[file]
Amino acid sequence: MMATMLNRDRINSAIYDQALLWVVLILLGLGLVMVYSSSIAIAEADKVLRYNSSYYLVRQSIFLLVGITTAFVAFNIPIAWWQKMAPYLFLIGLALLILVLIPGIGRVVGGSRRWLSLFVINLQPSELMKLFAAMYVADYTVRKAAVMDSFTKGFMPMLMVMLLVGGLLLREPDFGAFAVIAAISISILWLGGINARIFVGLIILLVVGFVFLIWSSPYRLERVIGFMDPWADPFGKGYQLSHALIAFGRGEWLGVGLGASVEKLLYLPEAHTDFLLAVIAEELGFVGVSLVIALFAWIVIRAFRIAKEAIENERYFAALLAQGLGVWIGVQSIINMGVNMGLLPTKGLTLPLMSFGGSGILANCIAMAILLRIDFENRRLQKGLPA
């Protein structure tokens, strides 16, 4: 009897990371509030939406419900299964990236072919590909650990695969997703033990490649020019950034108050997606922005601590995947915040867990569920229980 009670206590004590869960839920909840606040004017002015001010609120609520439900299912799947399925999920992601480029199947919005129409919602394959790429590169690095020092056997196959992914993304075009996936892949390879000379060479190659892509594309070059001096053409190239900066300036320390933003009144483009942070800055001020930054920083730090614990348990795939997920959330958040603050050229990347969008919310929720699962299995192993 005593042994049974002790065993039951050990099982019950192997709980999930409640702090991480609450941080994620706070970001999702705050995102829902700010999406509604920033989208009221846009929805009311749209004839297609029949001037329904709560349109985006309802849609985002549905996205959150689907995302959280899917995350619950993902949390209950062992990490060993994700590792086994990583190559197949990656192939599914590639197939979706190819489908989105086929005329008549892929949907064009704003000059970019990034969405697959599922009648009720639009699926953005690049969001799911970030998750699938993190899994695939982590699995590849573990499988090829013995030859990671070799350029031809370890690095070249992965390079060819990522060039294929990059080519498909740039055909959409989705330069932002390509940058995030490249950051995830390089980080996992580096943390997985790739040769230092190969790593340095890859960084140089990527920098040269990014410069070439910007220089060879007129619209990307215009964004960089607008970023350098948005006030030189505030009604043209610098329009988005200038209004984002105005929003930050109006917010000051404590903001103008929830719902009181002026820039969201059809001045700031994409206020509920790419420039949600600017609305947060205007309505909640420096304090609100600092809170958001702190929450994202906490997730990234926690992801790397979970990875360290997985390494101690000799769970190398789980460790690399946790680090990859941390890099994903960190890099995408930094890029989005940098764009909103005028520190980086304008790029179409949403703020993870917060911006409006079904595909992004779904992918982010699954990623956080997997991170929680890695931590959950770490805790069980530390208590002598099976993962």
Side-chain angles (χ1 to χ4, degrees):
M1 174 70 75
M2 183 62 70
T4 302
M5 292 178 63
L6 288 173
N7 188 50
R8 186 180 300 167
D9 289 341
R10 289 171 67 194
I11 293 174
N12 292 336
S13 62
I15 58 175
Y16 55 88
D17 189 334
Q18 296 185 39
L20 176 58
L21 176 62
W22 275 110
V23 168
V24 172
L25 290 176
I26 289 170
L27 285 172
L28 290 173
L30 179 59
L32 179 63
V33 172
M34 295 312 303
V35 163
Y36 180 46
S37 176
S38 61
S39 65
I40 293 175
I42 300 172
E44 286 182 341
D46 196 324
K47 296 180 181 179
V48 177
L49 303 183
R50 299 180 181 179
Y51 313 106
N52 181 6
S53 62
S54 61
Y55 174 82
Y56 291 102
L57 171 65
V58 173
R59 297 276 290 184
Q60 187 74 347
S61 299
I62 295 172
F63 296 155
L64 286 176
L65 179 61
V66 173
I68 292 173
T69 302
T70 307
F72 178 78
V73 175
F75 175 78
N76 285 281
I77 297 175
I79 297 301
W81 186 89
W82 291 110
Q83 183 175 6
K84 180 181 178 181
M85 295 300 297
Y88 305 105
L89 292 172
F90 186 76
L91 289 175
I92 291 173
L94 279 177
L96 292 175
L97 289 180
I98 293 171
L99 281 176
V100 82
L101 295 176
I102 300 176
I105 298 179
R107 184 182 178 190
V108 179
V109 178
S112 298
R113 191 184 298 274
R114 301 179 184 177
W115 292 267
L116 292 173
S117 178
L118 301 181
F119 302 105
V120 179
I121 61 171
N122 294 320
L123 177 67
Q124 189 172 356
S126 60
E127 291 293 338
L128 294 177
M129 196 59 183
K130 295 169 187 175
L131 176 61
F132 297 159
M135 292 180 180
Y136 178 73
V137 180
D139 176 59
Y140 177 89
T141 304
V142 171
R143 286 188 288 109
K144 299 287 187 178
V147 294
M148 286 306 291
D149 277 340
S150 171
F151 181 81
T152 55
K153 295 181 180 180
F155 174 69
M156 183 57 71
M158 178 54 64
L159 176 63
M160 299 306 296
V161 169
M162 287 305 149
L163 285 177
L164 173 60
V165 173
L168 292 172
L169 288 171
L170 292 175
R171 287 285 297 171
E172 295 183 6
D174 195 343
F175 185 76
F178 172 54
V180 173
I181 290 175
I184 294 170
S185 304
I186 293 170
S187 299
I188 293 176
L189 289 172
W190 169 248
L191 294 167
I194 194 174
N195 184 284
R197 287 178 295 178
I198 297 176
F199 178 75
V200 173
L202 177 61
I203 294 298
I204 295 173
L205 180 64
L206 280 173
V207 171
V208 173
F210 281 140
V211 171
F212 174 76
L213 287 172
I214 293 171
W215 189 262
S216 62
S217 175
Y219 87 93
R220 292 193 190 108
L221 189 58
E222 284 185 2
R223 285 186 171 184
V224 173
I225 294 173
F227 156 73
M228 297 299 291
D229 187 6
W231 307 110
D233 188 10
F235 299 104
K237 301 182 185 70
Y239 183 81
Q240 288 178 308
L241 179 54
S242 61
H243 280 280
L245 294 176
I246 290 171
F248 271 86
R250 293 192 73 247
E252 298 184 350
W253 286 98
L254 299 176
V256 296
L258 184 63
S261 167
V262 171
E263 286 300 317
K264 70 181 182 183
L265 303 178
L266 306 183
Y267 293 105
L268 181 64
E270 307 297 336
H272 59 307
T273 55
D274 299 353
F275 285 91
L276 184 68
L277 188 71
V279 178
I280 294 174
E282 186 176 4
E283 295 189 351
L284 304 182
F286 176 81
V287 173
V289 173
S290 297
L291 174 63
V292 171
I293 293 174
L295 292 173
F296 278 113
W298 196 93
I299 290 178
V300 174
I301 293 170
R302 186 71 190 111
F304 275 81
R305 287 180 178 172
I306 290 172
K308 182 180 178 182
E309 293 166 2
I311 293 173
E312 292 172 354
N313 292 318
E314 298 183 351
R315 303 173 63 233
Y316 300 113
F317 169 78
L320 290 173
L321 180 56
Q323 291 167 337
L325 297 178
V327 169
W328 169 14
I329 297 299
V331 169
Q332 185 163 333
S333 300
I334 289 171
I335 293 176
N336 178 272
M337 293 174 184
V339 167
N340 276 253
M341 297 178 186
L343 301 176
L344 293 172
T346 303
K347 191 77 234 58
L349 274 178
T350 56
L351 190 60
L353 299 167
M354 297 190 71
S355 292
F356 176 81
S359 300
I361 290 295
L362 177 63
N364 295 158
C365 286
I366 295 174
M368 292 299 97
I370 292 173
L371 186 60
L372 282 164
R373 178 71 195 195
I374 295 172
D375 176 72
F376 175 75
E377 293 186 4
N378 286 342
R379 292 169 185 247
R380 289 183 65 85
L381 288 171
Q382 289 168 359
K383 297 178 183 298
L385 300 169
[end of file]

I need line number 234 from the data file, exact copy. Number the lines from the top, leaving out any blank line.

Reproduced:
F296 278 113